Shortly after Maurice’s graduation in 1914 the First World War was declared. He volunteered immediately and obtained a commission in the North Wolds Light Infantry Regiment. In early 1915 he was sent to the Western Front and saw action at the Battle of Neuve Chapelle, the 2nd Battle of Ypres and the Battle of Festubert. For his “conspicuous gallantry, leadership and devotion to duty when under fire” at Festubert he was awarded the Military Cross.

On the 25th September 1915, whilst in action at the Battle of Loos, Maurice received a wound to his leg which disqualified him from further active service. Nevertheless, he was still determined to do all that he could for the war effort. His father had diversified into munitions and in 1916 Maurice went to work in one of his factories, starting on the shop floor. After the war Maurice and his father remained in munitions and together established a number of arms factories throughout Europe.

In 1929, in recognition of his status as a horticulturalist, Maurice was invited to become a member of Professor Copeland’s celebrated expedition to the Amazonian Rain Forest. He returned home with many new specimens of Orchid, and, in later years, he became a leading authority on the species. Maurice’s collection of Orchids which is housed at Budeholme remains one of the most extensive and diverse in England. In 1965 he was awarded the British Horticultural Association’s Medal of Honour for his contribution to horticulture.

In 1937, Maurice’s uncle, the Eighth Marquis of Elderthorpe, conveyed to him his share of Budeholme; as Maurice had already inherited his mother’s half share on her death, the entire Budeholme Estate passed completely into his ownership. Later that year Maurice married Miss Celia Madden who was also a keen horticulturist. On their return from honeymoon, Maurice and his young bride embarked on the many years of hard work that would transform Budeholme’s neglected gardens into the finest in the country. They now extend over forty two acres and fan out from the house in a series of descending terraces.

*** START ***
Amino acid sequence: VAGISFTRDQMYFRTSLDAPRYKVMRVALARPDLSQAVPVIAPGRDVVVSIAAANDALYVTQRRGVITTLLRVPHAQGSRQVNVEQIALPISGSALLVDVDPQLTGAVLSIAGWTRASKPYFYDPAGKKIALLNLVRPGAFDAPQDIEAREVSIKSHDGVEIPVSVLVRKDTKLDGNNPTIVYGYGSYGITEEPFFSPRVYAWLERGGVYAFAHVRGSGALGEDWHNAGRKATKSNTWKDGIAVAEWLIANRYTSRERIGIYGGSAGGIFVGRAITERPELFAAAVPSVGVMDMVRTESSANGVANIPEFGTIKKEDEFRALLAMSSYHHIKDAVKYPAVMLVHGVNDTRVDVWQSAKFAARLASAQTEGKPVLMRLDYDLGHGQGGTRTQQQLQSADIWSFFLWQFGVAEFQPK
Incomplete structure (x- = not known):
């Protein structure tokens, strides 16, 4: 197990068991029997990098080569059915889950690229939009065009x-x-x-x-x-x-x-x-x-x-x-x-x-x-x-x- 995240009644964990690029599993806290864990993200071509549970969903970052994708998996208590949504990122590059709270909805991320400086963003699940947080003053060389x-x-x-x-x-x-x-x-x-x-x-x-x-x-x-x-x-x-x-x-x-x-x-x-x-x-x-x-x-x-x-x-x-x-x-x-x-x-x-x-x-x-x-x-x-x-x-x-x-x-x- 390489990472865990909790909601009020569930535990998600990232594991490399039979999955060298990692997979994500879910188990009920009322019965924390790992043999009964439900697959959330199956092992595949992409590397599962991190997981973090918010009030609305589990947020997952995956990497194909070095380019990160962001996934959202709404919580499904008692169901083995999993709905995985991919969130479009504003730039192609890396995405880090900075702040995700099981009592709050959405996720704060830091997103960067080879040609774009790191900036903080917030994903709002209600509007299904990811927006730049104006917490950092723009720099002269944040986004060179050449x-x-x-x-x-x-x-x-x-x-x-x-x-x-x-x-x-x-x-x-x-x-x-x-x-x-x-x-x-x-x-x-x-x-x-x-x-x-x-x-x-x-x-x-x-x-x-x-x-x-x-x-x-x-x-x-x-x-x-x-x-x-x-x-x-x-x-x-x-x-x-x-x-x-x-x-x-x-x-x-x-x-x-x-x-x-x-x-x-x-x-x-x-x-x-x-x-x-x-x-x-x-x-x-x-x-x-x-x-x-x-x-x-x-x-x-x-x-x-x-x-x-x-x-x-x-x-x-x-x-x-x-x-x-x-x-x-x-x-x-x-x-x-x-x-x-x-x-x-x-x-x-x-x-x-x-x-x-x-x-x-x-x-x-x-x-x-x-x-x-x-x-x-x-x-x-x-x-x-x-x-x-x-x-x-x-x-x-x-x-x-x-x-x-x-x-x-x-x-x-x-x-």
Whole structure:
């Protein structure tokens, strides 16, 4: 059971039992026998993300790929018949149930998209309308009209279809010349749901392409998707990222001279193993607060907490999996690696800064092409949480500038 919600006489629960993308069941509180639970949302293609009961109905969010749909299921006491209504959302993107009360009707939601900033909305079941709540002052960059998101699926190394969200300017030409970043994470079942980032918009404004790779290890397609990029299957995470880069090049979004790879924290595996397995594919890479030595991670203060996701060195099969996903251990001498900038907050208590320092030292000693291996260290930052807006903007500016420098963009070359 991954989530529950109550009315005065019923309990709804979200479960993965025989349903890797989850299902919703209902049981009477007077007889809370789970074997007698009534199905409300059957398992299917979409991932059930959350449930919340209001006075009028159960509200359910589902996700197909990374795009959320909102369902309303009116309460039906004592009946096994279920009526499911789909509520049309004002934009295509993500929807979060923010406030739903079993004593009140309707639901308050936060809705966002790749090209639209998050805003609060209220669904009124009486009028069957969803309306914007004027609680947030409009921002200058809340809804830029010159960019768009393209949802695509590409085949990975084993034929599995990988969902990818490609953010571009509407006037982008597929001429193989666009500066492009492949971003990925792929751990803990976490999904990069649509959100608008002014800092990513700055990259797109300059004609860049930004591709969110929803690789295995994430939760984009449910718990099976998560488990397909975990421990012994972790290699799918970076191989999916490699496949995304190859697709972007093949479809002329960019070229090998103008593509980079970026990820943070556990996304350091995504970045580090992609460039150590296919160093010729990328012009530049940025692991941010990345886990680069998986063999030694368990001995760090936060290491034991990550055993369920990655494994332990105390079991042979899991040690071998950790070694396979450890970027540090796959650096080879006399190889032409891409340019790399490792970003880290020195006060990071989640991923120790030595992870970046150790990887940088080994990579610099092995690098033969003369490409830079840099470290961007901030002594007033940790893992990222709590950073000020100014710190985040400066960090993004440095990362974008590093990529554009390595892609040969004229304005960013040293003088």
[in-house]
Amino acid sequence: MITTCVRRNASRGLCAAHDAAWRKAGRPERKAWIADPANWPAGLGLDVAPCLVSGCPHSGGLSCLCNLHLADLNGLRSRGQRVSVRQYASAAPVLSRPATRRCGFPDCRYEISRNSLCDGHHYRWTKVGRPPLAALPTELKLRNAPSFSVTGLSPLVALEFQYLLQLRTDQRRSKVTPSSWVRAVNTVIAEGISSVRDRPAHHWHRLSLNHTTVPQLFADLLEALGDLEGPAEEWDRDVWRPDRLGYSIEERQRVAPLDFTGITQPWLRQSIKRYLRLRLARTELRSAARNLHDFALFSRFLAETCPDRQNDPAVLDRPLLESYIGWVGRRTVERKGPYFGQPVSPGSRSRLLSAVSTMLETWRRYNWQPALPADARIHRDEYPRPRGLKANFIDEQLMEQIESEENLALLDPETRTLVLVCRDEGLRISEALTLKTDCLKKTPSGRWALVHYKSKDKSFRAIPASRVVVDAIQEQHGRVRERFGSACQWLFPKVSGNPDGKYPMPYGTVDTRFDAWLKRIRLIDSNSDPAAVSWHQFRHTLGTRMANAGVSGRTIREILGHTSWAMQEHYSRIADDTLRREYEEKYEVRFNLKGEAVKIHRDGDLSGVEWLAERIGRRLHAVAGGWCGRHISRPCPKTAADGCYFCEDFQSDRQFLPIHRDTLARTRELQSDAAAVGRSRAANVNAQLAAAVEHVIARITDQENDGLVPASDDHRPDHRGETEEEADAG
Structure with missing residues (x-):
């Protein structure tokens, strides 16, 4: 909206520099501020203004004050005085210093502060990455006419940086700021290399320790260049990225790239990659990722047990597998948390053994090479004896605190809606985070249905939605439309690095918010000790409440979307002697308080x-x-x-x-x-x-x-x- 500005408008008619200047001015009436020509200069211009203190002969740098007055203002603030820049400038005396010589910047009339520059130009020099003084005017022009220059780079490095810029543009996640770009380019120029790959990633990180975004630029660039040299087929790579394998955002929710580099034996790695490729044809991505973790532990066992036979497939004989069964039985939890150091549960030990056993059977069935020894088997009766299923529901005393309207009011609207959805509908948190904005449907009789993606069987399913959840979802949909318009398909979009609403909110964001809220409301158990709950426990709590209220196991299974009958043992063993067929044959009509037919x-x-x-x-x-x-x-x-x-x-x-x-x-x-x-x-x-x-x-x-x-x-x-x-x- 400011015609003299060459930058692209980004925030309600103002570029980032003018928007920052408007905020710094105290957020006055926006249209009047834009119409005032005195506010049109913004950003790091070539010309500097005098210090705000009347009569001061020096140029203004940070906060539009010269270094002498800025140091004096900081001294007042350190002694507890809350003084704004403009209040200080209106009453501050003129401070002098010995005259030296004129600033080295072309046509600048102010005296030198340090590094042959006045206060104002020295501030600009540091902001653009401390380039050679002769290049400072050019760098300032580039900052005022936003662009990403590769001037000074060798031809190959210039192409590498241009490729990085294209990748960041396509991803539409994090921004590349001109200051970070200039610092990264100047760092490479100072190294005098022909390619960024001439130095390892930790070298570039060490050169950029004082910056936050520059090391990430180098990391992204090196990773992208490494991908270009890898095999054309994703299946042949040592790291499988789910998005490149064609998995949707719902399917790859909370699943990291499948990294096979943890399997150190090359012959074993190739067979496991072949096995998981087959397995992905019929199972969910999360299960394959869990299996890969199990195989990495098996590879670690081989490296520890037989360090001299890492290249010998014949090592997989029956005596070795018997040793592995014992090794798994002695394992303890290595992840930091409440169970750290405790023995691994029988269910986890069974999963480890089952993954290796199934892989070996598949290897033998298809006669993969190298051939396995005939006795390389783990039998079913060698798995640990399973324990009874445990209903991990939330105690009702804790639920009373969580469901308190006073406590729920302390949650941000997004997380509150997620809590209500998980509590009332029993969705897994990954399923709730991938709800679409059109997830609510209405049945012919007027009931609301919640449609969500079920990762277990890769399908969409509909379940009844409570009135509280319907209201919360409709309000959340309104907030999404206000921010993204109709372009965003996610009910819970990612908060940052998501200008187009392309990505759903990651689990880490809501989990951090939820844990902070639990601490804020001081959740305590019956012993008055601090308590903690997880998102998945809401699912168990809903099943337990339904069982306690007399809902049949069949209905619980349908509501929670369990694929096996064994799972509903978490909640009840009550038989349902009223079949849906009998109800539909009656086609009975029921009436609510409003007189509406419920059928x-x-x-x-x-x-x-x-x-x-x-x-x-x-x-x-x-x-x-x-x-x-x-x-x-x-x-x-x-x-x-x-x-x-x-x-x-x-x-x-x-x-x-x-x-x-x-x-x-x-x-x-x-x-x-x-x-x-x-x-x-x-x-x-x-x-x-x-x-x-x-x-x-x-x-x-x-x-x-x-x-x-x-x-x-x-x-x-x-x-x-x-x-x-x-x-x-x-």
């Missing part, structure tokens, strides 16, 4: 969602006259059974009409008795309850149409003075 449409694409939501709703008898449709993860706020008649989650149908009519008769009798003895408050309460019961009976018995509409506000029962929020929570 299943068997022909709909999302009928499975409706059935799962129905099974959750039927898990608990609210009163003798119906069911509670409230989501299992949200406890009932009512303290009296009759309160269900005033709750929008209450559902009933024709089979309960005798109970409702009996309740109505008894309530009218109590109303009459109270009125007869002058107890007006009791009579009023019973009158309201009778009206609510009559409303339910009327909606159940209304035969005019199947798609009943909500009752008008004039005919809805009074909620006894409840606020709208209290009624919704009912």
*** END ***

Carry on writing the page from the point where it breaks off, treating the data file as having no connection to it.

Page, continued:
Throughout the nineteen thirties Maurice was active in the campaign to re-arm Britain and ensure that its defences were sufficient to repel Nazi aggression. When the Second World War came he was immediately co-opted to the Ministry of Supply where his extensive knowledge of the arms industry proved invaluable. For this service to his country he was knighted in 1953.

The post war austerity greatly depressed Maurice. His response was to inaugurate, through a trust fund, the Magnificent Britain competition. The competition was to be held annually and its aim was to determine which communities throughout the United Kingdom had achieved the highest standard of horticulture. The first Magnificent Britain competition was held in 1946 and it continues to take place every year, attracting thousands of entrants ranging in size from the tiniest rural hamlets to the largest London Boroughs. The competition is now held in many countries throughout the world.

Although Sir Maurice and Lady Brearley left England in 1946 to reside in the South of France, they always returned annually to judge the finals of Magnificent Britain.

In 1953 they resumed permanent residence at Budeholme House and six years later Sir Maurice allowed the gardens to be opened to visitors during the summer months. This proved a great success and in 1979 the public were also given limited access to the house. In 1996 a BBC television documentary was made about the work of the Brearley Trust and the production team spent a whole year following and filming the Magnificent Britain competition. This led to even greater interest in Budeholme and visitor numbers increased dramatically.

Late in life Sir Maurice taught himself to draw and paint. Many of his works in oil and water colour are on display in the house.

Sir Maurice Brearley died in 1969 aged seventy six. Lady Brearley is thankfully still with us and retains an active interest in horticulture. Indeed, she still participates in the judging of the final round of the Magnificent Britain competition.

Read more of Magnificent Britain: